The nature and cost of human exposure testing required by Proposition 65 is unlike what is required by many other product safety laws, such as the Consumer Product Safety Act, which states content limits on certain chemicals that are relatively easy to measure and control.

After nearly two years of consideration and multiple public hearings, California has adopted wholesale changes to the Proposition 65 warning regulations that impact companies doing business in California or whose products are sold in California. These new regulations have substantially rewritten the “safe harbor” warning requirements that are a key to compliance with Proposition 65 and essential to avoiding potentially costly enforcement actions brought by private bounty hunters that the statute has empowered.

California’s Safe Drinking Water and Toxic Enforcement Act of 1986, better known as Proposition 65, was adopted by California voters with such laudable goals as keeping California’s drinking water safe and giving Californians a right to be informed about exposures to chemicals that cause cancer, birth defects or other reproductive harm. The resulting rules and regulations are complex, and they have just grown more so as a result of the new regulations.

A fundamental precept of the “right to be informed” component of Proposition 65 is that a business with 10 or more employees must give a “clear and reasonable warning” to consumers, employees and others in California before knowingly and intentionally exposing them to any chemical on a list of chemicals maintained by the state that are “known to cause cancer or reproductive toxicity.” The list continues to grow, and it now includes more than 700 chemicals. The net result has been the nearly ubiquitous presence of warning signs on business premises all over the state—and warning labels on consumer products all over the country—because the exposure levels that mandate warnings are so low in some cases that they are difficult to measure. In almost all cases, determining human exposure levels that may trigger a warning requirement involves costly and potentially subjective toxicological testing.

The nature and cost of human exposure testing required by Proposition 65 is unlike what is required by many other product safety laws, such as the Consumer Product Safety Act, which states content limits on certain chemicals that are relatively easy to measure and control. As a result, many businesses have no practical choice but to err on the side of caution and provide Proposition 65 “warnings” for thousands of products and environmental situations that present no known risk of harm.

Among the topics covered by the new warning regulations are the following:

  • Complete rewrite of the “safe harbor” warning label text and format, including mandatory use of a warning triangle [ ] and reference to an official Office of Environmental Health Hazard Assessment (OEHHA) website; OEHHA controls the website content and can change it at any time;
  • Warnings in some situations must identify a specific chemical that is the subject of the warning for each endpoint (cancer and/or reproductive harm);
  • Warnings on a product may be shorter and need not identify a specific listed chemical, but must state “cancer” or “reproductive harm” and refer to the official OEHHA website;
  • Warning responsibilities are allocated among manufacturers, producers, packagers, supporters, suppliers, importers, distributors and retailers, with a stated intent to minimize burdens on retailers;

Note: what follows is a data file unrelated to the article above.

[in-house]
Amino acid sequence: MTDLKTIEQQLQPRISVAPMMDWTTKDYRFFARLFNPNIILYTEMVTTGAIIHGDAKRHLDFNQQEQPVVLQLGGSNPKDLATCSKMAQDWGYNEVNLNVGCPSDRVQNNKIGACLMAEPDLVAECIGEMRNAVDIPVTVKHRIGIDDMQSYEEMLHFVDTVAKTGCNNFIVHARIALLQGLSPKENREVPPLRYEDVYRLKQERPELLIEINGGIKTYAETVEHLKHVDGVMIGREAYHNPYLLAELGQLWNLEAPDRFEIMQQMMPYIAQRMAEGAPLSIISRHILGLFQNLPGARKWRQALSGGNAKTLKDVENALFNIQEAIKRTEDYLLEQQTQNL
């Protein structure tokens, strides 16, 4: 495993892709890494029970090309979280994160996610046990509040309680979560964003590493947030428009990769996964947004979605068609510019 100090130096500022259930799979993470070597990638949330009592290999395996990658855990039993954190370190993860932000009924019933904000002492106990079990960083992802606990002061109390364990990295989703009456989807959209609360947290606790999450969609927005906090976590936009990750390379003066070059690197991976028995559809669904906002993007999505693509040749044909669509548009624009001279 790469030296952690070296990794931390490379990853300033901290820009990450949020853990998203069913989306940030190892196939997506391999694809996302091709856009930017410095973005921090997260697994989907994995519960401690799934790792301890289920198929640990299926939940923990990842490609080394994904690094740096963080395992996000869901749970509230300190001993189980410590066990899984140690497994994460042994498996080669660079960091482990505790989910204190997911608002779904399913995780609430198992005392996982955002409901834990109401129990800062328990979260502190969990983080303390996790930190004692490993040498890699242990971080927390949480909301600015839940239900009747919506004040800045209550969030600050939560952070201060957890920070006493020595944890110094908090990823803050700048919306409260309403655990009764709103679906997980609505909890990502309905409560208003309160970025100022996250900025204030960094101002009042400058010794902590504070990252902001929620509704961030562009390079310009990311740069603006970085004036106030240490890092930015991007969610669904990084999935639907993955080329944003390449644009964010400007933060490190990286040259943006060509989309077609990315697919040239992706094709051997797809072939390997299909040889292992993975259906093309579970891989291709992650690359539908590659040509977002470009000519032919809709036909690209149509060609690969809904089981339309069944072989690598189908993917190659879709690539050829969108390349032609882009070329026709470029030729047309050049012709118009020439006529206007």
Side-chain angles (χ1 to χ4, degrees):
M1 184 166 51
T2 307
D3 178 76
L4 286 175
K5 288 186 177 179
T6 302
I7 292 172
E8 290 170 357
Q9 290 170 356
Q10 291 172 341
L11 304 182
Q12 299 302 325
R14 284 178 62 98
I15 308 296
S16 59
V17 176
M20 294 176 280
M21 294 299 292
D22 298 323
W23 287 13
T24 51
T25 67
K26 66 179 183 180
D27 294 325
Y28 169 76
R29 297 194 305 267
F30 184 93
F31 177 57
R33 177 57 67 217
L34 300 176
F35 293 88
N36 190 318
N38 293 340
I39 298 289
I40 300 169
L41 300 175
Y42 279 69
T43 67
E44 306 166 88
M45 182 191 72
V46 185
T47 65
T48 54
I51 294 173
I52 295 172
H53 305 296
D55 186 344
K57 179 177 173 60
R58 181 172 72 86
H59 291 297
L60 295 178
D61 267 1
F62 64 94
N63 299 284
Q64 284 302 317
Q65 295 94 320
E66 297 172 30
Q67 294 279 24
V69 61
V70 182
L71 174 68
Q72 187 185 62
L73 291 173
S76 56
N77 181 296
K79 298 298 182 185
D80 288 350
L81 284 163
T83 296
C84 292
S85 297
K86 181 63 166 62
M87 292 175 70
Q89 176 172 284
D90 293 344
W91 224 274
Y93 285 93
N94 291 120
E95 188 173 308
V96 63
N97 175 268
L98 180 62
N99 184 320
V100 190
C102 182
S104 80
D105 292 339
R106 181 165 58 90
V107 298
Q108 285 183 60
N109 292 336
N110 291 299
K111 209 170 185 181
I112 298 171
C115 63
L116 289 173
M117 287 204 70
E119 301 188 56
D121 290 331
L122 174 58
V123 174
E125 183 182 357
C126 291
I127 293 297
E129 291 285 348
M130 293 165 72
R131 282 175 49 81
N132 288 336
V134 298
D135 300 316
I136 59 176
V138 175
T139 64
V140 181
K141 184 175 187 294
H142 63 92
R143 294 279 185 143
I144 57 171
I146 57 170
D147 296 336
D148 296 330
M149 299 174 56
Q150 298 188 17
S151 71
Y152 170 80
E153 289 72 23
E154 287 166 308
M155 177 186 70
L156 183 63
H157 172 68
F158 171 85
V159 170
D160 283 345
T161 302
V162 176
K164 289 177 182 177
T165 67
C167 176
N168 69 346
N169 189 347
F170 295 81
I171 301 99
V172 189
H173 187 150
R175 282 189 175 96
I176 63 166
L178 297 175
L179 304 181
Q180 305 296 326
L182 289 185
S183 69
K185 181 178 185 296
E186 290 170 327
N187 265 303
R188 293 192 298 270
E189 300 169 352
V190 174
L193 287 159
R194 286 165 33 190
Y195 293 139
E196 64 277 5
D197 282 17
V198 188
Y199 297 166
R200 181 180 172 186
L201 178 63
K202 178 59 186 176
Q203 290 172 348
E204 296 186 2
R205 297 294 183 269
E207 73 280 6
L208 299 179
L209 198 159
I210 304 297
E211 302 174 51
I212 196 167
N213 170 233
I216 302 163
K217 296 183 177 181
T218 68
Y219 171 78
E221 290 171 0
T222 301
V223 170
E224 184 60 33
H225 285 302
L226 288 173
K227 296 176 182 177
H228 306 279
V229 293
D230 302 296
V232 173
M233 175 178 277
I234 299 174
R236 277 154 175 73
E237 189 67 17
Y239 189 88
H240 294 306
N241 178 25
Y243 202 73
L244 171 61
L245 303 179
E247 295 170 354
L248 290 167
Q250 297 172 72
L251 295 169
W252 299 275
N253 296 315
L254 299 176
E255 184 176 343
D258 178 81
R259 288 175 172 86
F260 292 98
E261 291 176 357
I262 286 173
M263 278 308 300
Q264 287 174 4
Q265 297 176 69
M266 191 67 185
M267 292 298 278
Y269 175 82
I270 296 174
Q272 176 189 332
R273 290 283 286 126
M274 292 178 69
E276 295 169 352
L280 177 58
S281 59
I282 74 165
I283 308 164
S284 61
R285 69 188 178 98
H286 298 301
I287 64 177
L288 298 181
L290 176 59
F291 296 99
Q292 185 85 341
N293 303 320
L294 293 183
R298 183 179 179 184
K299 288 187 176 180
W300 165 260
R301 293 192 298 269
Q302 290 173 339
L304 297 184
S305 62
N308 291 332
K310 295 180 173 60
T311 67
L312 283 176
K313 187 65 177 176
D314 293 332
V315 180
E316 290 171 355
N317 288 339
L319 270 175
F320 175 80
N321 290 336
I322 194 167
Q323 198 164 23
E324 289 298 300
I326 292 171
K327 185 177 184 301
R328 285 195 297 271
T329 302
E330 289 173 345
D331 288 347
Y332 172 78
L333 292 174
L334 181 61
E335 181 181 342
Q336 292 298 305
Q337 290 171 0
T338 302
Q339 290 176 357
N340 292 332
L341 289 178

• Retailers are provided a potential escape from liability upon receipt of a 60-day notice of violation if the retailer does not have actual knowledge of the presence of a listed chemical and the retailer, within five days of receiving the 60-day notice, either stops selling the product or begins providing appropriate warnings;
  • New requirements are provided for transmitting warnings to consumers for Internet and catalog sales that are intended to communicate warnings before a sale is consummated;
  • Emergency rules announced earlier this year for labeling of food and beverage containers containing bisphenol-A (BPA) have been amended and kept in force;
  • Warning requirements for environmental and occupational exposures have been revised;
  • Retailers must provide public enforcers and private bounty hunters with specified information regarding the manufacturers or suppliers of accused products; and
  • New or revised product-specific and situation-specific warning requirements now exist for food, alcoholic beverages, restaurants, medical and dental care, raw wood, furniture, diesel engines, motor vehicles, recreational vessels, enclosed parking facilities, amusement parks, petroleum products, service stations and vehicle repair facilities, and smoking areas, among others.

These new warning requirements were announced by the State of California on September 2, 2016, and will be operative on August 30, 2018.

In the interim period, businesses may continue to comply with the warning regulations now in effect, or they may begin implementing the new regulations. Consumer products manufactured prior to this effective date may be sold with warnings compliant with the existing regulations. A company that is a party to a court-ordered settlement or final judgment regarding Proposition 65 may continue to use the warning methods and content approved by the court for the product categories and listed chemicals covered by the court-ordered settlement or final judgment. Any failure to meet applicable warning requirements may result in businesses’ being targeted by public or private enforcers seeking civil penalties, injunctive relief and attorneys’ fees.

The regulatory text and supporting rulemaking documents can be viewed or downloaded from the State of California OEHHA website.

While the new compliance date is two years away, it may not be too soon to begin planning.